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Soviet socialist realism artist Fyodor Shurpin

The morning of our homeland. Oil Painting by Soviet socialist realism artist Fyodor Shurpin

The morning of our homeland. 1949. Oil Painting by Soviet socialist realism artist Fyodor Shurpin. 27 September, 1904 (Smolensk region) – 9 January, 1972 (Moscow)

According to the known legend, Stalin, at the Soviet Art exhibition called his son Vasily to this picture and said, “Do you think you’re Stalin, or you think I am Stalin?!?!” And he pointed to the canvas: “No, here is Stalin.”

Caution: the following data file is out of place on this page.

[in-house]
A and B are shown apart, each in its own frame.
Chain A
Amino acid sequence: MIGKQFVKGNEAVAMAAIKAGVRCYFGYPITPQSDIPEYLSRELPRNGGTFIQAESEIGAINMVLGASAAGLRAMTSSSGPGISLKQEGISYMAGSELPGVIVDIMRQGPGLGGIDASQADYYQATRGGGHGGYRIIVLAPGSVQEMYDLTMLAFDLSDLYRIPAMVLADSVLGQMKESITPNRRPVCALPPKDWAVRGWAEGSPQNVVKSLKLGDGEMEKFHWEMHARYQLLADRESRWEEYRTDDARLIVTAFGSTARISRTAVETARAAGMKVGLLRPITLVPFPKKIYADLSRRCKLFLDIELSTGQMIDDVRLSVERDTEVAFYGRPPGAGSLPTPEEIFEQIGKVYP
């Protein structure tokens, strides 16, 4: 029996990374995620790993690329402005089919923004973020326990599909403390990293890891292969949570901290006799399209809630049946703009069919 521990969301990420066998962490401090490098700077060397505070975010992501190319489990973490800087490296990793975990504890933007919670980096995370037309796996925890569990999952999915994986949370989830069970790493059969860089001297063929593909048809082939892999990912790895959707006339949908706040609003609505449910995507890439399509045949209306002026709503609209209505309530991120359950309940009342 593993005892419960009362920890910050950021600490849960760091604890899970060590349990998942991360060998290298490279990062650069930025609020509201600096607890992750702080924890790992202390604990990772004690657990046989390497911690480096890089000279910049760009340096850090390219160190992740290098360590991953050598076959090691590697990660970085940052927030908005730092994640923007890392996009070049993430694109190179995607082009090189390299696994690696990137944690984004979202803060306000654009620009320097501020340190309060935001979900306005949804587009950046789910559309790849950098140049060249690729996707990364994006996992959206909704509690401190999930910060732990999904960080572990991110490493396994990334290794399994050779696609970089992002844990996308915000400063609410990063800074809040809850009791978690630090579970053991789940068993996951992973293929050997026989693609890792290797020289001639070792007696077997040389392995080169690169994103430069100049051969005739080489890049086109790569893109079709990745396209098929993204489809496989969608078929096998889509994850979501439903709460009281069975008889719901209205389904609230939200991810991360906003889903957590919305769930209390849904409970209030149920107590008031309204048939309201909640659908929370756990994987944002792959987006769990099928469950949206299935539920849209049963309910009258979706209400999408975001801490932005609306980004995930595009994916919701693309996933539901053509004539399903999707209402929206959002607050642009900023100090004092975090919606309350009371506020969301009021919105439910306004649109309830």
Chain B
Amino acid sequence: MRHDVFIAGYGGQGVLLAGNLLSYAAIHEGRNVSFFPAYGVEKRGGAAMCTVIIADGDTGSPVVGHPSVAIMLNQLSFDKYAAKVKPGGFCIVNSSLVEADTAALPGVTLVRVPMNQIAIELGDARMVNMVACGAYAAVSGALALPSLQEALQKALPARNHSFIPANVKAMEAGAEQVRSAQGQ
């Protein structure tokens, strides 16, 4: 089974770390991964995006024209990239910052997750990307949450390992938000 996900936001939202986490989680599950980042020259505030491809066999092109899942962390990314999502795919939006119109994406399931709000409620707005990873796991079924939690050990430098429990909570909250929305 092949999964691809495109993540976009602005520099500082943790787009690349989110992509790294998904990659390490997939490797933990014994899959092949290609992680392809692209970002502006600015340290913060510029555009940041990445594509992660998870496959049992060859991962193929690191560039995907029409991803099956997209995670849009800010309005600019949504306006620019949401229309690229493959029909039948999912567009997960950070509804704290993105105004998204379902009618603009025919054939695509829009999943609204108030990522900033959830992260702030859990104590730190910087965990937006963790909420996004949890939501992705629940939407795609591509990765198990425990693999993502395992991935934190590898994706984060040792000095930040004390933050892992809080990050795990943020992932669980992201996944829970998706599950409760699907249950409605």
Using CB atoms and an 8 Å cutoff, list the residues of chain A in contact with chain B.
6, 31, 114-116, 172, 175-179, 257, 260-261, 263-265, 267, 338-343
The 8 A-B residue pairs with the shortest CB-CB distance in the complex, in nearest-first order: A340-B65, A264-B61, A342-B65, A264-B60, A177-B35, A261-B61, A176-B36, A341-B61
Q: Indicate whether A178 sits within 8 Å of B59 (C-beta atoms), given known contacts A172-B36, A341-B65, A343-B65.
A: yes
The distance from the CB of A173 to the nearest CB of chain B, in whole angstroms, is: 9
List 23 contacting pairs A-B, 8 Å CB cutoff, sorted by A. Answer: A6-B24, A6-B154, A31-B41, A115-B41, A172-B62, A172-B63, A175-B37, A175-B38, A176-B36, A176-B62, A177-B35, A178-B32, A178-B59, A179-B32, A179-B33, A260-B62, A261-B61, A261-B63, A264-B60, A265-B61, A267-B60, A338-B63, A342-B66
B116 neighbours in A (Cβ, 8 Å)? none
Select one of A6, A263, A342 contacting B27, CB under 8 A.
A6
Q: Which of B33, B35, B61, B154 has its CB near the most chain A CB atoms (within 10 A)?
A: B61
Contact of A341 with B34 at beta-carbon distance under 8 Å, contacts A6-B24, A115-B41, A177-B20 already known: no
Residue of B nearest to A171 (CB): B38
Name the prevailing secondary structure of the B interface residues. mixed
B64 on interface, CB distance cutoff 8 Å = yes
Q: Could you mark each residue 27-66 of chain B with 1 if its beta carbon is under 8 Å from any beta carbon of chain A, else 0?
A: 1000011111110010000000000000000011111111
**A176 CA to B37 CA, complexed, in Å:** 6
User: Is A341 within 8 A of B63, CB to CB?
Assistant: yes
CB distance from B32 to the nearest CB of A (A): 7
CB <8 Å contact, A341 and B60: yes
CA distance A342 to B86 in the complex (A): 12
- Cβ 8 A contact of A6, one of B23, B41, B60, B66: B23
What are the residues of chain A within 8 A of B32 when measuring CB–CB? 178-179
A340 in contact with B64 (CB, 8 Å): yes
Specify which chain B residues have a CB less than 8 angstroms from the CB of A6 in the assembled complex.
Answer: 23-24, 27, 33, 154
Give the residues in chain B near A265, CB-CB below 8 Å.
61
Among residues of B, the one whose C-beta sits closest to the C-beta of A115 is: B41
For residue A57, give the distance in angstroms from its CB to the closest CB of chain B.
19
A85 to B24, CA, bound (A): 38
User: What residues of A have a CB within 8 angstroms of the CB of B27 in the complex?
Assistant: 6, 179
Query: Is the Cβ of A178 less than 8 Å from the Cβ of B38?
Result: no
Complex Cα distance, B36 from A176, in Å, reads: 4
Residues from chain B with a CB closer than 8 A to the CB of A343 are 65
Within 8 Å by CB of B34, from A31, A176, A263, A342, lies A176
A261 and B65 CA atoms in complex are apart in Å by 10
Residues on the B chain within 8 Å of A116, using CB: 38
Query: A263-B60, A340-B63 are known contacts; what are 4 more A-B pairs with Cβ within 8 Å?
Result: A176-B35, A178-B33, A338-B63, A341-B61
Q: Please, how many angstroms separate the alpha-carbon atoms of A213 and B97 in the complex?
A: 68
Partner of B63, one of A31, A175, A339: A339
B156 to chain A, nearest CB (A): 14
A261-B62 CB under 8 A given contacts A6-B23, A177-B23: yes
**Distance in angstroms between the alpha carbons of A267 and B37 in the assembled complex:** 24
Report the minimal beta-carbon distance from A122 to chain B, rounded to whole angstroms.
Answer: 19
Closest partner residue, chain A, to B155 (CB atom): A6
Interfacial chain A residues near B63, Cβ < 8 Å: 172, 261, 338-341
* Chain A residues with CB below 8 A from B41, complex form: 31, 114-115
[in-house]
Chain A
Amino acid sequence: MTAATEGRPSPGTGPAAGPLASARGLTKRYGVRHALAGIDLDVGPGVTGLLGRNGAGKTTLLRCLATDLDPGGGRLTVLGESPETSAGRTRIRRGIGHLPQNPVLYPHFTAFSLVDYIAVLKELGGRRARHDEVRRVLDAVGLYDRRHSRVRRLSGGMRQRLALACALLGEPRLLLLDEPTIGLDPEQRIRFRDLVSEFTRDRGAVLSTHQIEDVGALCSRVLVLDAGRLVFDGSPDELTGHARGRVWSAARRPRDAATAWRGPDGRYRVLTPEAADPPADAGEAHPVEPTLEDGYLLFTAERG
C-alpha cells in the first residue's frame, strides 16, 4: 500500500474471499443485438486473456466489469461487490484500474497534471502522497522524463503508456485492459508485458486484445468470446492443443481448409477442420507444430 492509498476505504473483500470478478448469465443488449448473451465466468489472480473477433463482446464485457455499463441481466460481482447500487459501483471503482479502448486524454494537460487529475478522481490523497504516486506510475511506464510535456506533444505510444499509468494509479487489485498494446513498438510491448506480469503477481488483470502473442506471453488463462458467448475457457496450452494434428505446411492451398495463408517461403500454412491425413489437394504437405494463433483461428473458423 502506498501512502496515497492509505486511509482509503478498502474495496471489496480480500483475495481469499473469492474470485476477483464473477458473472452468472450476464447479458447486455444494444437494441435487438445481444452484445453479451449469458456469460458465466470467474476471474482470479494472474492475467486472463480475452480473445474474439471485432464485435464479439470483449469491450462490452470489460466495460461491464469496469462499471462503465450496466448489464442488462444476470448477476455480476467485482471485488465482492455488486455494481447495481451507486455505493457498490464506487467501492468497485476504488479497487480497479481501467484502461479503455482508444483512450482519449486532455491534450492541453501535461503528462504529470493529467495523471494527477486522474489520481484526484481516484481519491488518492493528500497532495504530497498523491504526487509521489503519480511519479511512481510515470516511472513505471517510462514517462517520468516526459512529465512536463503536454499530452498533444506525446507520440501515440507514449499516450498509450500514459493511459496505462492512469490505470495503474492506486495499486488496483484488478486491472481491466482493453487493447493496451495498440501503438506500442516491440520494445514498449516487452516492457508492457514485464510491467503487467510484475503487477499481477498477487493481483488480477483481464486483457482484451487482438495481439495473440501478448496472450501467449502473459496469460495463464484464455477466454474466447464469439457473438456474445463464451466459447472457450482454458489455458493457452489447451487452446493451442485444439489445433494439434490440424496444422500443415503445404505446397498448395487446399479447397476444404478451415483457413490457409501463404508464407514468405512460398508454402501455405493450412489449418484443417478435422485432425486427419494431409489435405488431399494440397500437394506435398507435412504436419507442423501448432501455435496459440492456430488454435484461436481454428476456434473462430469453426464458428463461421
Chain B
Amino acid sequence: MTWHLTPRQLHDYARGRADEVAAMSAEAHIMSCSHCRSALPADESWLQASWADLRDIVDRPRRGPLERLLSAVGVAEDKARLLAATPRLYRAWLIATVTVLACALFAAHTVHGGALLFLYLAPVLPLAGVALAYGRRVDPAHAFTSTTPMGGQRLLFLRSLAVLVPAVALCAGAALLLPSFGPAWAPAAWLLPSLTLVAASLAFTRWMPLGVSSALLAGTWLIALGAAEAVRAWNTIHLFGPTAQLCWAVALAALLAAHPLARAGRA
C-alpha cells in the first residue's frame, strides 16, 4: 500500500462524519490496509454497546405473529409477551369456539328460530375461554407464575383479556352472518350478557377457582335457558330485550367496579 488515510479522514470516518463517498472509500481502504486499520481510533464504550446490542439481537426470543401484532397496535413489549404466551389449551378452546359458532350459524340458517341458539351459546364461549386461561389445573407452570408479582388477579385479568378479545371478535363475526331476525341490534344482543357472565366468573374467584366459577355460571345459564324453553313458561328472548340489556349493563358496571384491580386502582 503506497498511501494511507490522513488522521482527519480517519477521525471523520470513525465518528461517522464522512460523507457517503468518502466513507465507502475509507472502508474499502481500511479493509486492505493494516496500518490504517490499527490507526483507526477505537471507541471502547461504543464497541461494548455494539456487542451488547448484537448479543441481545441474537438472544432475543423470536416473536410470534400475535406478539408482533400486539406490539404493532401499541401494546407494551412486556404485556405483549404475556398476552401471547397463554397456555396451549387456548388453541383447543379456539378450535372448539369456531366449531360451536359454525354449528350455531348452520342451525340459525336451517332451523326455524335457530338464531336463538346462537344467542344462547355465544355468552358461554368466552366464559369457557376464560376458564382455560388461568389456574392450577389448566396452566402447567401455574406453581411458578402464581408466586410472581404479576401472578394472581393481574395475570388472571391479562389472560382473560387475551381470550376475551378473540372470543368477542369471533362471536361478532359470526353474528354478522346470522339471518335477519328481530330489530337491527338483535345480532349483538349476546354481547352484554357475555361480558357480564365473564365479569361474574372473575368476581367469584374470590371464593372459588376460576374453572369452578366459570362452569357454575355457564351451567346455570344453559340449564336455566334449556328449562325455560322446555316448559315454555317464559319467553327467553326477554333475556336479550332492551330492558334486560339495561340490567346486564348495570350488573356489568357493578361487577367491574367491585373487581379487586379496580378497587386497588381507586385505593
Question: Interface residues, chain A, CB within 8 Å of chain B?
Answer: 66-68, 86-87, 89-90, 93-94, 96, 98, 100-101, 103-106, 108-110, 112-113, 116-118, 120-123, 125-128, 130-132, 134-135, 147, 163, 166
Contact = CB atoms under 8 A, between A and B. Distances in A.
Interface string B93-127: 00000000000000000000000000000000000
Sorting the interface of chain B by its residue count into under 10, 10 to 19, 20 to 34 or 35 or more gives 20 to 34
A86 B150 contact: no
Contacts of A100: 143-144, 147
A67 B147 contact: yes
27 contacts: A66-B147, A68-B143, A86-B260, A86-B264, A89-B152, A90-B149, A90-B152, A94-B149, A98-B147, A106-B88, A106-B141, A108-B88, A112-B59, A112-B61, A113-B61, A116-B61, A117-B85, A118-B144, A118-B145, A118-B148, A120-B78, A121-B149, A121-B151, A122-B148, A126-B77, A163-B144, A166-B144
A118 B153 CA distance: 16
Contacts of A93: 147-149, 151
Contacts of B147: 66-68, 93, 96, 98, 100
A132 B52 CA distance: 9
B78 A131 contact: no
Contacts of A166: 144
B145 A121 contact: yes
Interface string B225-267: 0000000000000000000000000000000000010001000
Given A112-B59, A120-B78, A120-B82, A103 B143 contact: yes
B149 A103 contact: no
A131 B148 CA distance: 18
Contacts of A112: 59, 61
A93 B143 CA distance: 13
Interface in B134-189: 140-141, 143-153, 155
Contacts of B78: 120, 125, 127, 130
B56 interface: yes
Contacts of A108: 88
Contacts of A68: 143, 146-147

“The morning of our homeland” 1949 oil painting of a little-known Soviet socialist realism artist Fyodor Shurpin (1904-1972), depicting Joseph Stalin. The work on the painting to the 70th anniversary of Stalin took place in 1946-1948. After the exposure of the personality cult of Stalin, the painting was called “The last train has left.” In the foreground – pensive Stalin in a white paramilitary jacket, without orders, with the coat on his arm. Behind the leader – stretching beyond the horizon the vast expanses of the motherland with grace collective farm fields, high-voltage transmission masts, smoking chimneys of factories in the industrial cities. And towering over the whole Soviet country the figure of Stalin – “Great Leader, wise and caring.”